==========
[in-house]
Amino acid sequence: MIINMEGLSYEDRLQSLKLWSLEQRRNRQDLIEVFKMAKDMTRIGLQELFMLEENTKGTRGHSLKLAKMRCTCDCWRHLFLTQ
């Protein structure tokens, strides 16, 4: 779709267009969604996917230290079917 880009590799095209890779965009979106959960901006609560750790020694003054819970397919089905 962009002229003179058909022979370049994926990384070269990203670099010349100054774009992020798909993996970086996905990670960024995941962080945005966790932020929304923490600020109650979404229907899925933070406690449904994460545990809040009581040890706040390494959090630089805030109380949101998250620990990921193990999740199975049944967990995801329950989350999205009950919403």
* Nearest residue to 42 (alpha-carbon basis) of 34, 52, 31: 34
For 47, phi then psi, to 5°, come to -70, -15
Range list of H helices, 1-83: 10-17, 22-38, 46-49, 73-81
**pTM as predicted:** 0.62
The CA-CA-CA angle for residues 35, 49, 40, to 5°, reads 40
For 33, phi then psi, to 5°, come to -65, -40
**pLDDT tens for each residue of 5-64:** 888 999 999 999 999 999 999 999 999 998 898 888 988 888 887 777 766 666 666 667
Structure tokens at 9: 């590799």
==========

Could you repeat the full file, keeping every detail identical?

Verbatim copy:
[in-house]
Amino acid sequence: MIINMEGLSYEDRLQSLKLWSLEQRRNRQDLIEVFKMAKDMTRIGLQELFMLEENTKGTRGHSLKLAKMRCTCDCWRHLFLTQ
């Protein structure tokens, strides 16, 4: 779709267009969604996917230290079917 880009590799095209890779965009979106959960901006609560750790020694003054819970397919089905 962009002229003179058909022979370049994926990384070269990203670099010349100054774009992020798909993996970086996905990670960024995941962080945005966790932020929304923490600020109650979404229907899925933070406690449904994460545990809040009581040890706040390494959090630089805030109380949101998250620990990921193990999740199975049944967990995801329950989350999205009950919403």
* Nearest residue to 42 (alpha-carbon basis) of 34, 52, 31: 34
For 47, phi then psi, to 5°, come to -70, -15
Range list of H helices, 1-83: 10-17, 22-38, 46-49, 73-81
**pTM as predicted:** 0.62
The CA-CA-CA angle for residues 35, 49, 40, to 5°, reads 40
For 33, phi then psi, to 5°, come to -65, -40
**pLDDT tens for each residue of 5-64:** 888 999 999 999 999 999 999 999 999 998 898 888 988 888 887 777 766 666 666 667
Structure tokens at 9: 């590799």